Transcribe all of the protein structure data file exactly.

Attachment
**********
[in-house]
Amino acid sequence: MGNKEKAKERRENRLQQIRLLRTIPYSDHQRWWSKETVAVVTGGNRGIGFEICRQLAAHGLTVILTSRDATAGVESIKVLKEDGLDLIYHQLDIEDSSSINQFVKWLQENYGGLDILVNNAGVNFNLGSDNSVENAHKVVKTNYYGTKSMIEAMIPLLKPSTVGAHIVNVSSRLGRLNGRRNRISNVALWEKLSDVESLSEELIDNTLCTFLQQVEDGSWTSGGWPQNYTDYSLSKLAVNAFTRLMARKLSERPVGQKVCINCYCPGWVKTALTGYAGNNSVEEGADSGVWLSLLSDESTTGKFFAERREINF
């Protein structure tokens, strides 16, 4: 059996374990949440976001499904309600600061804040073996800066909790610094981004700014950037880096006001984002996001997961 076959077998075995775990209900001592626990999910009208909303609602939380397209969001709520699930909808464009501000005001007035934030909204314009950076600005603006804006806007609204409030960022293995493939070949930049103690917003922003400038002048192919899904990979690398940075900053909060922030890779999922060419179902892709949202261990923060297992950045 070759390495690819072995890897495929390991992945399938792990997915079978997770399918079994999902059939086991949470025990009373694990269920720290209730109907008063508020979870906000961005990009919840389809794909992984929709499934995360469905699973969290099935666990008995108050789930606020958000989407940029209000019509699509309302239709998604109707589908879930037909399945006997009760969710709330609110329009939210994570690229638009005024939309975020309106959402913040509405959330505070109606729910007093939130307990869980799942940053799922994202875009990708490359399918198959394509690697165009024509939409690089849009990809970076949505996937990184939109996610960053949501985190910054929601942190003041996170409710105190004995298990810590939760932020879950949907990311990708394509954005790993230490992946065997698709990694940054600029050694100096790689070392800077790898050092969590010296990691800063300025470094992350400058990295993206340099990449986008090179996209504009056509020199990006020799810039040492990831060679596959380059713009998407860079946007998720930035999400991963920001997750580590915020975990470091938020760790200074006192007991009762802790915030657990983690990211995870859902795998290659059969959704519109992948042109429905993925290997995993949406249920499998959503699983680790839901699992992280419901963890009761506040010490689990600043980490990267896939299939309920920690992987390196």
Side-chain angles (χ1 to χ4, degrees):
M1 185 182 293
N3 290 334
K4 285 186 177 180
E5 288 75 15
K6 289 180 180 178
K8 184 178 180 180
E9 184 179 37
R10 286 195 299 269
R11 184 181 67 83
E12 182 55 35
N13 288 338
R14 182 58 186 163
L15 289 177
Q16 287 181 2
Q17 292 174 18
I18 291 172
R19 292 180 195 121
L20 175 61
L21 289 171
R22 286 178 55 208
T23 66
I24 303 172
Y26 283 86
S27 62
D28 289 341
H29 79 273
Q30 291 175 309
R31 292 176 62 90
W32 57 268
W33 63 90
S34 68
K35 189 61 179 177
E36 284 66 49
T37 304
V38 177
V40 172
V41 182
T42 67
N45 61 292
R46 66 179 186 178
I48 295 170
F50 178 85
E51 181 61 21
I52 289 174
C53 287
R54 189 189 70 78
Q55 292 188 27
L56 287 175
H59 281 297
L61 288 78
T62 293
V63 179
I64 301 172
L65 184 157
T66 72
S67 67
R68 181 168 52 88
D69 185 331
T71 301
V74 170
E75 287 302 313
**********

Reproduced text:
[in-house]
Amino acid sequence: MGNKEKAKERRENRLQQIRLLRTIPYSDHQRWWSKETVAVVTGGNRGIGFEICRQLAAHGLTVILTSRDATAGVESIKVLKEDGLDLIYHQLDIEDSSSINQFVKWLQENYGGLDILVNNAGVNFNLGSDNSVENAHKVVKTNYYGTKSMIEAMIPLLKPSTVGAHIVNVSSRLGRLNGRRNRISNVALWEKLSDVESLSEELIDNTLCTFLQQVEDGSWTSGGWPQNYTDYSLSKLAVNAFTRLMARKLSERPVGQKVCINCYCPGWVKTALTGYAGNNSVEEGADSGVWLSLLSDESTTGKFFAERREINF
């Protein structure tokens, strides 16, 4: 059996374990949440976001499904309600600061804040073996800066909790610094981004700014950037880096006001984002996001997961 076959077998075995775990209900001592626990999910009208909303609602939380397209969001709520699930909808464009501000005001007035934030909204314009950076600005603006804006806007609204409030960022293995493939070949930049103690917003922003400038002048192919899904990979690398940075900053909060922030890779999922060419179902892709949202261990923060297992950045 070759390495690819072995890897495929390991992945399938792990997915079978997770399918079994999902059939086991949470025990009373694990269920720290209730109907008063508020979870906000961005990009919840389809794909992984929709499934995360469905699973969290099935666990008995108050789930606020958000989407940029209000019509699509309302239709998604109707589908879930037909399945006997009760969710709330609110329009939210994570690229638009005024939309975020309106959402913040509405959330505070109606729910007093939130307990869980799942940053799922994202875009990708490359399918198959394509690697165009024509939409690089849009990809970076949505996937990184939109996610960053949501985190910054929601942190003041996170409710105190004995298990810590939760932020879950949907990311990708394509954005790993230490992946065997698709990694940054600029050694100096790689070392800077790898050092969590010296990691800063300025470094992350400058990295993206340099990449986008090179996209504009056509020199990006020799810039040492990831060679596959380059713009998407860079946007998720930035999400991963920001997750580590915020975990470091938020760790200074006192007991009762802790915030657990983690990211995870859902795998290659059969959704519109992948042109429905993925290997995993949406249920499998959503699983680790839901699992992280419901963890009761506040010490689990600043980490990267896939299939309920920690992987390196």
Side-chain angles (χ1 to χ4, degrees):
M1 185 182 293
N3 290 334
K4 285 186 177 180
E5 288 75 15
K6 289 180 180 178
K8 184 178 180 180
E9 184 179 37
R10 286 195 299 269
R11 184 181 67 83
E12 182 55 35
N13 288 338
R14 182 58 186 163
L15 289 177
Q16 287 181 2
Q17 292 174 18
I18 291 172
R19 292 180 195 121
L20 175 61
L21 289 171
R22 286 178 55 208
T23 66
I24 303 172
Y26 283 86
S27 62
D28 289 341
H29 79 273
Q30 291 175 309
R31 292 176 62 90
W32 57 268
W33 63 90
S34 68
K35 189 61 179 177
E36 284 66 49
T37 304
V38 177
V40 172
V41 182
T42 67
N45 61 292
R46 66 179 186 178
I48 295 170
F50 178 85
E51 181 61 21
I52 289 174
C53 287
R54 189 189 70 78
Q55 292 188 27
L56 287 175
H59 281 297
L61 288 78
T62 293
V63 179
I64 301 172
L65 184 157
T66 72
S67 67
R68 181 168 52 88
D69 185 331
T71 301
V74 170
E75 287 302 313